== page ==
I was obsessed with maintaining the illusion that the breakup of the Groobees was not going to slow me down. I spent my time and money on new musicians to keep some of the gigs that we had booked. I wore out sets of tires and burned through gallons of gas touring around so that I would look busy (just in case anyone was looking). But since I had been out smoking on Mike’s porch every time there was a business decision being made, I had no experience with planning tours, budgeting for recording, or pitching songs to artists. I had never envisioned the end of the band, so I wasn’t paying attention to how the business was run. I was a mess. I was obligated to contracts that I didn’t understand. I paid a lawyer hundreds of dollars an hour to try to dissolve some of the contractual stuff until I realized the only person who didn’t want the fight to end was the lawyer. In interviews, I barfed all about my hurt feelings and 88 percent of my first solo record, 2002’s Chin Up, is about my heart that was broken five ways. For a couple years, I blamed the Groobees every time something didn’t go the way I wanted it to. It was like that relationship that is your reference point in all your other relationships. I didn’t trust very easily. I didn’t recover very quickly or very gracefully.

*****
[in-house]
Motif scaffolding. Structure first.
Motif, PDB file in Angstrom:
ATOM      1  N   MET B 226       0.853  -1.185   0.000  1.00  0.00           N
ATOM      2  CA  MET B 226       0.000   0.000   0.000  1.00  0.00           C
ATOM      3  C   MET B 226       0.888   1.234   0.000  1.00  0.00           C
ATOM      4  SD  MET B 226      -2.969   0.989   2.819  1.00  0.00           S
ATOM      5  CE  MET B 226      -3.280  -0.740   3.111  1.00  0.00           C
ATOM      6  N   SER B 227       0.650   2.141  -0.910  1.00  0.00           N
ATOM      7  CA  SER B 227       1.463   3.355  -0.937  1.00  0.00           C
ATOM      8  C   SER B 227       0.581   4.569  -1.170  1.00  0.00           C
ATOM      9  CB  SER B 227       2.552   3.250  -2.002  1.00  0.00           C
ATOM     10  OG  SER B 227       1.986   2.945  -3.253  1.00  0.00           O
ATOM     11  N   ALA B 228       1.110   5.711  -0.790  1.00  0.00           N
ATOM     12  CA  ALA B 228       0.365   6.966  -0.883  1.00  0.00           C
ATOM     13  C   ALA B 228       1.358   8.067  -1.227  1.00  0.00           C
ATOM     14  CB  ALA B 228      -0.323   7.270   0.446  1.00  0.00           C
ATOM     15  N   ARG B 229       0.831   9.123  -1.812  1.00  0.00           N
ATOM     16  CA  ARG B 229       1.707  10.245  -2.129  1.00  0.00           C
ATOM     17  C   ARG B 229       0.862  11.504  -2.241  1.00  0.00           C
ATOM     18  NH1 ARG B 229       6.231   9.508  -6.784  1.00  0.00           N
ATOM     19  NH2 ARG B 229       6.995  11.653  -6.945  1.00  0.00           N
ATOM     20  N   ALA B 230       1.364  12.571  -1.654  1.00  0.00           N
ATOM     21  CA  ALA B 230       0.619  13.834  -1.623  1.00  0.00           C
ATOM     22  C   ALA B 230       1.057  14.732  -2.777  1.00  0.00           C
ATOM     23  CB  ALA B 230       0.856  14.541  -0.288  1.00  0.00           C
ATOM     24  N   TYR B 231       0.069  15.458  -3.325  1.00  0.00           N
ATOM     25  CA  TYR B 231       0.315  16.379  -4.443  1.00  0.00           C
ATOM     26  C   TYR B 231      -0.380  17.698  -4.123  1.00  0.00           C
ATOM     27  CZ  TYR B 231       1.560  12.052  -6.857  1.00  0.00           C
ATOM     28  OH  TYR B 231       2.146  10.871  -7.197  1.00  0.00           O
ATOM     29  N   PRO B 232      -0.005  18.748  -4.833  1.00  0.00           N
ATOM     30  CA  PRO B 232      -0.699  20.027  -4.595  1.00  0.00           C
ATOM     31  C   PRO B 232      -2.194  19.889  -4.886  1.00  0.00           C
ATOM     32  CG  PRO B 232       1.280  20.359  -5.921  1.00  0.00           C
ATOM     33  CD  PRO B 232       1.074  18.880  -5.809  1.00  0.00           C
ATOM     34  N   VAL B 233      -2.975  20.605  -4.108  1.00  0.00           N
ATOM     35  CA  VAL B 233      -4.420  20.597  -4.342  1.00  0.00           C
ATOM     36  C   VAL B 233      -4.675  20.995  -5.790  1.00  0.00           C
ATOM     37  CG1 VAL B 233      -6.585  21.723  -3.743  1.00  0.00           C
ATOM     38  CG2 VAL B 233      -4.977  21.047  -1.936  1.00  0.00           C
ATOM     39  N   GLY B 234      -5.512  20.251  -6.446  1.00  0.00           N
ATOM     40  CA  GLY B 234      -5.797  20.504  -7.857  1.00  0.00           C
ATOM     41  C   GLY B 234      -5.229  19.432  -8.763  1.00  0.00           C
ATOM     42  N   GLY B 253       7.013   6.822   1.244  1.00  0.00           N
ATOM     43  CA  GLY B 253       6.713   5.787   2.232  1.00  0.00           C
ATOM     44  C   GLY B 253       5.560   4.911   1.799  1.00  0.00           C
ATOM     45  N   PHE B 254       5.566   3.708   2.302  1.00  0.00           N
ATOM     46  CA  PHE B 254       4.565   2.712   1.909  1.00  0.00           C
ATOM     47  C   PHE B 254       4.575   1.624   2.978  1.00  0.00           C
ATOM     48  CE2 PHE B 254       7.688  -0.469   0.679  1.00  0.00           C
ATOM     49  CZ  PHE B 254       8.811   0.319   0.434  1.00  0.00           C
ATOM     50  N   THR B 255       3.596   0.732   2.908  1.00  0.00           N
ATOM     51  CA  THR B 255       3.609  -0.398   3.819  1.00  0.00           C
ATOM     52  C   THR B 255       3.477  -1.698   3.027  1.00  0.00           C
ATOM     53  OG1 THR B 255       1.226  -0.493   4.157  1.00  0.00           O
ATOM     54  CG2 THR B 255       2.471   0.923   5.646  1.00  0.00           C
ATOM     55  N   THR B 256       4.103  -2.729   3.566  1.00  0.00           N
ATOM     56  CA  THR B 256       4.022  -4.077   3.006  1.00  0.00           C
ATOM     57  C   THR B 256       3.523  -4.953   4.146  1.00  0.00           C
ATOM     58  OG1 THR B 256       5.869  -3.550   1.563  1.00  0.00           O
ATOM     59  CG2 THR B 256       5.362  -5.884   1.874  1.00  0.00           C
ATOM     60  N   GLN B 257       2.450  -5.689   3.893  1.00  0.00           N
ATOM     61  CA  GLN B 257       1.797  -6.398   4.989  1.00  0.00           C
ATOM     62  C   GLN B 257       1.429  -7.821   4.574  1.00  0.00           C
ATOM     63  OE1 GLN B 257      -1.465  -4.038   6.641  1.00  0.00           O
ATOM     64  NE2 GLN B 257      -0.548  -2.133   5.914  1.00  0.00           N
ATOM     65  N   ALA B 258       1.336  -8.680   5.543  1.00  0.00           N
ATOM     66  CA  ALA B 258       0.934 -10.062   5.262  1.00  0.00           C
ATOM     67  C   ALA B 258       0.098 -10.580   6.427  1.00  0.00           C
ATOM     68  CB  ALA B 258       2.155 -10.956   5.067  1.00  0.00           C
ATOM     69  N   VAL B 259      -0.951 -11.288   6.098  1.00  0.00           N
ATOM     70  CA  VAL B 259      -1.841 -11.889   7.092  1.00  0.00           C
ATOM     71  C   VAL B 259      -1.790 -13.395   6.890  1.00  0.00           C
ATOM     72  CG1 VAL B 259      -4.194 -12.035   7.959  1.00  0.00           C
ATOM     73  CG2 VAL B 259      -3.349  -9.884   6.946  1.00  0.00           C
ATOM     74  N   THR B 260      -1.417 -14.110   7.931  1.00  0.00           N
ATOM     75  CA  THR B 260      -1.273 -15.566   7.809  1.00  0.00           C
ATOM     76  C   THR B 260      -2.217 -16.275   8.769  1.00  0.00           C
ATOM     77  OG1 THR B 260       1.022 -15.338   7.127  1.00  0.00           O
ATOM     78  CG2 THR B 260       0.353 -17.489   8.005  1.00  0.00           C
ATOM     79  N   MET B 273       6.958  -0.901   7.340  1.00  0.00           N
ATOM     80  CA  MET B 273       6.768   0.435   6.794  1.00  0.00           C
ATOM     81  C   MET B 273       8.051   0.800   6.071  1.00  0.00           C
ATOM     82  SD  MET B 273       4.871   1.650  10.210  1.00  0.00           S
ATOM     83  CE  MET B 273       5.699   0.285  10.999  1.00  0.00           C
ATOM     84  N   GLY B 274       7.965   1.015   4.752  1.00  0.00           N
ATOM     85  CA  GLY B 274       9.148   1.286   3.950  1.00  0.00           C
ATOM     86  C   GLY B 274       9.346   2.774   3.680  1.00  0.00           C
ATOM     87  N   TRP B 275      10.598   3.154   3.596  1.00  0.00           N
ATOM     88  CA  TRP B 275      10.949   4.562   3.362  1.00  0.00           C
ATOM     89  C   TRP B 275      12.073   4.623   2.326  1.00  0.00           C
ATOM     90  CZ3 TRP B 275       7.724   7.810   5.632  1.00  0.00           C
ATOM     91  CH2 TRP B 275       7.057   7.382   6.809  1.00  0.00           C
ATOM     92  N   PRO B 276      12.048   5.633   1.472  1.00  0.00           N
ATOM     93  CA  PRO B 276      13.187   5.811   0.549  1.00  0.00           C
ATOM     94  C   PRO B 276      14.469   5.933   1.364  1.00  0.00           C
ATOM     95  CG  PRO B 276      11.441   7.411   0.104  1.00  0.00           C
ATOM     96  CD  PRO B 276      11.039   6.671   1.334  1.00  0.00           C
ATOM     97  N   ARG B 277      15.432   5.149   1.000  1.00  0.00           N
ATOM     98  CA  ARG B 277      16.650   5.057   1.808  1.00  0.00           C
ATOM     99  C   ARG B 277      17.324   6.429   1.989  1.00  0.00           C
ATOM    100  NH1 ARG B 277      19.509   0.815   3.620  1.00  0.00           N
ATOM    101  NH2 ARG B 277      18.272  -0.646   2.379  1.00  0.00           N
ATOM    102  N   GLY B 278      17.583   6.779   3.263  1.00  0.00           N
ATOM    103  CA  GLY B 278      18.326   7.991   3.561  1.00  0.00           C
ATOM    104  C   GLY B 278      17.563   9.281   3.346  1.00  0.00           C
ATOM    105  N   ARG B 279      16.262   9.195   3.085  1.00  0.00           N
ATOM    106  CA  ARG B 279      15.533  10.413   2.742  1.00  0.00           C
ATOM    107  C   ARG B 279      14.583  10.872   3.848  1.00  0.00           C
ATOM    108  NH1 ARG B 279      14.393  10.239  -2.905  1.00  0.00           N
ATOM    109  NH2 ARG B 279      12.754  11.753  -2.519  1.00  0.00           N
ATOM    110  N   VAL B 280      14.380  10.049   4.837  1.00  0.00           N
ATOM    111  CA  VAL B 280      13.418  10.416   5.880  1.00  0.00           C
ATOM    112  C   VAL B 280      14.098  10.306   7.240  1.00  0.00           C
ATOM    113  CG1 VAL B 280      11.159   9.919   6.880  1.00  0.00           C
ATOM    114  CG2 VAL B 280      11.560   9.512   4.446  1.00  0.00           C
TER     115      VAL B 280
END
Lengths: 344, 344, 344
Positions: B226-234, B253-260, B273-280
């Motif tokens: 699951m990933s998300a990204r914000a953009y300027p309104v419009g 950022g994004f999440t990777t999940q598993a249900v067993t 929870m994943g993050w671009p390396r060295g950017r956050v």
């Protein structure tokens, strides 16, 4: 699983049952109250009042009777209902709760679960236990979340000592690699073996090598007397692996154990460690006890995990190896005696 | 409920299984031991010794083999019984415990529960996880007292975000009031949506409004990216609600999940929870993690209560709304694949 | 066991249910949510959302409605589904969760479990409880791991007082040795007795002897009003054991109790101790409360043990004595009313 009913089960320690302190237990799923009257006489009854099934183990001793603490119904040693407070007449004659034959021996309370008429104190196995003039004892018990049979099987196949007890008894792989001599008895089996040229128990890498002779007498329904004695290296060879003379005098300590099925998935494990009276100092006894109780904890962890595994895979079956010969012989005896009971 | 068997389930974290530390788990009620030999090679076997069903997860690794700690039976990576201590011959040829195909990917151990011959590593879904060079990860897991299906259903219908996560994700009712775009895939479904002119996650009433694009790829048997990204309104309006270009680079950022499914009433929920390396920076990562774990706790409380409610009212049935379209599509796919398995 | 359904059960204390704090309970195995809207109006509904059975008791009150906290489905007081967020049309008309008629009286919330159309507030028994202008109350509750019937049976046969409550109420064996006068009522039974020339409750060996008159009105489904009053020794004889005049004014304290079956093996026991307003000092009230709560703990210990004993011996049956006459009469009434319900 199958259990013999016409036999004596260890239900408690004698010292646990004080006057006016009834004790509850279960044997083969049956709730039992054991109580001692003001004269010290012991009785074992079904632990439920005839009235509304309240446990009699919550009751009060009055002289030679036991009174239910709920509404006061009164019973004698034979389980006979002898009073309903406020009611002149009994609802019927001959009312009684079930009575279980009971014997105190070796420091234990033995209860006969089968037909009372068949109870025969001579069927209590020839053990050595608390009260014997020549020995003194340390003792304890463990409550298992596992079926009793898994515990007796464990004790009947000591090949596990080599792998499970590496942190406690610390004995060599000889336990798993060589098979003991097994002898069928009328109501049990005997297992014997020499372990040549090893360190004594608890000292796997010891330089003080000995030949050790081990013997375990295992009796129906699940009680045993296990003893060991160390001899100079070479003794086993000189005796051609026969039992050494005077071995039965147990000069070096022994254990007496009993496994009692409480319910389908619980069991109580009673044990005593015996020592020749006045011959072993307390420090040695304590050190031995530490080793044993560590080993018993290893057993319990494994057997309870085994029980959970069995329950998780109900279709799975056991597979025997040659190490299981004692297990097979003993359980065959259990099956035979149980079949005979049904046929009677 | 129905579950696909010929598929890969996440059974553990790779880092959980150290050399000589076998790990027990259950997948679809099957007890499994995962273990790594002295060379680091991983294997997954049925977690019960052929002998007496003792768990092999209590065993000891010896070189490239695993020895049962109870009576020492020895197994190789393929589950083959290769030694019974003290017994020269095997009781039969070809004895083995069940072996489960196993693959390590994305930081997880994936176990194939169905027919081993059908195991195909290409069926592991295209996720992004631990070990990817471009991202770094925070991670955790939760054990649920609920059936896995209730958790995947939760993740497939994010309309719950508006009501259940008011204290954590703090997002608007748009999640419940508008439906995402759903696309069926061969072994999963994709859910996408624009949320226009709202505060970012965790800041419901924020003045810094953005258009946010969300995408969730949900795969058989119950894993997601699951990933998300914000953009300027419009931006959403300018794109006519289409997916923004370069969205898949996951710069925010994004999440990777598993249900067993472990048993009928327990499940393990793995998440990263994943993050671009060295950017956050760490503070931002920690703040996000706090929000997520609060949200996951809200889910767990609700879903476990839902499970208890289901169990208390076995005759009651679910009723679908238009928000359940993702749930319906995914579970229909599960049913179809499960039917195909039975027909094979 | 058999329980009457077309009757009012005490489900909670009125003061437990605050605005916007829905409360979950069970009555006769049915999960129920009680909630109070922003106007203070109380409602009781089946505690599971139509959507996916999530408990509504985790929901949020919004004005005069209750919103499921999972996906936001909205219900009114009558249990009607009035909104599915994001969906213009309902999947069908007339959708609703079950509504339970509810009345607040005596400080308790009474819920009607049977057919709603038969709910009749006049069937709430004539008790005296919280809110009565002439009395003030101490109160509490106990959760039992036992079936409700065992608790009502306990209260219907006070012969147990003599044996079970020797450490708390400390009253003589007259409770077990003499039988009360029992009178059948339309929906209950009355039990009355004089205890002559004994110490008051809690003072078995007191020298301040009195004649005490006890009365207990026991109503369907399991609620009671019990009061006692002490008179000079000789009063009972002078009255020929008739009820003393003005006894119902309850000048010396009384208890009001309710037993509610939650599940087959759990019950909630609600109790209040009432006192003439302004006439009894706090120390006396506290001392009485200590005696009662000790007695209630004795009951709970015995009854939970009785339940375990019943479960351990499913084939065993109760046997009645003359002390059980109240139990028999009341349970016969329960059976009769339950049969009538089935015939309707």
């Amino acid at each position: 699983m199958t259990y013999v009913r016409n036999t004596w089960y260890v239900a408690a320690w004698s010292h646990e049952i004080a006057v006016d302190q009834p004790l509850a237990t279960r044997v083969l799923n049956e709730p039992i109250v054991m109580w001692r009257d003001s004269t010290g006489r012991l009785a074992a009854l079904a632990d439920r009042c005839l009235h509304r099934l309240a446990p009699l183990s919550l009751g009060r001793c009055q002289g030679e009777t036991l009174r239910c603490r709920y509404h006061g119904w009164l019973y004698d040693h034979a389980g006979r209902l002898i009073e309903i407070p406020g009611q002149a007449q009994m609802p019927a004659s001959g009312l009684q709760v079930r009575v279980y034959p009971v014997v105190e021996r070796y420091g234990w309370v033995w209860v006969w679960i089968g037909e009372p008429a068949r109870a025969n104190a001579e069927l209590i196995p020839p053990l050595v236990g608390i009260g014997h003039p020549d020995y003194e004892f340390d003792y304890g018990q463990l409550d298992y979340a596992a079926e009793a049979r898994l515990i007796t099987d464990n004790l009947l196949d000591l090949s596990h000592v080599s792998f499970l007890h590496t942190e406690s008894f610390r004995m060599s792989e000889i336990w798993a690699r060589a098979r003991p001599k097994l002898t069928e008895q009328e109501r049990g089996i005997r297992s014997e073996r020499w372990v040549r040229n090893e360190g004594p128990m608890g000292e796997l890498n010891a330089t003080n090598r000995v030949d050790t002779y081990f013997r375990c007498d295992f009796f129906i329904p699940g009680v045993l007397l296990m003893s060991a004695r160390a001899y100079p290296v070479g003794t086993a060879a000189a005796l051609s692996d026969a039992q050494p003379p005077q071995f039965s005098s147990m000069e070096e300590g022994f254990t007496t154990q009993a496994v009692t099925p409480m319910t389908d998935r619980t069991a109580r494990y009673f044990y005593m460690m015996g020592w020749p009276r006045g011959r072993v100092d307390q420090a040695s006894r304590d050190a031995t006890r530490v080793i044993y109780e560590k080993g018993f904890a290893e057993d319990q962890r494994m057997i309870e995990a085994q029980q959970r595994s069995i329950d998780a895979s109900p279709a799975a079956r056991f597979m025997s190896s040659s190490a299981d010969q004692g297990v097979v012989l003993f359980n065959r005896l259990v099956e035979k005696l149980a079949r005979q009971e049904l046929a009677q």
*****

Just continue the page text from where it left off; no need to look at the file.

So I sat in my proverbial “poopy pants” for a few years. I had a couple different booking agents that tried pretty hard and did pretty well for me, but I was still in that mindset of thinking that because I put “singer-songwriter” on my credit card applications (which will get you almost as big a credit limit as “college student”), I ignored the fact that I was indeed a small business. I sure could have benefited from reading some of Terri Hendrix’s writing about owning your own record label, publishing company and touring business, but to be honest, I wanted to pay someone to do every job and just tell me when and where to load in and how much money I should expect at the end of the night. At 30 years old, I still had a bunch of growing up to do.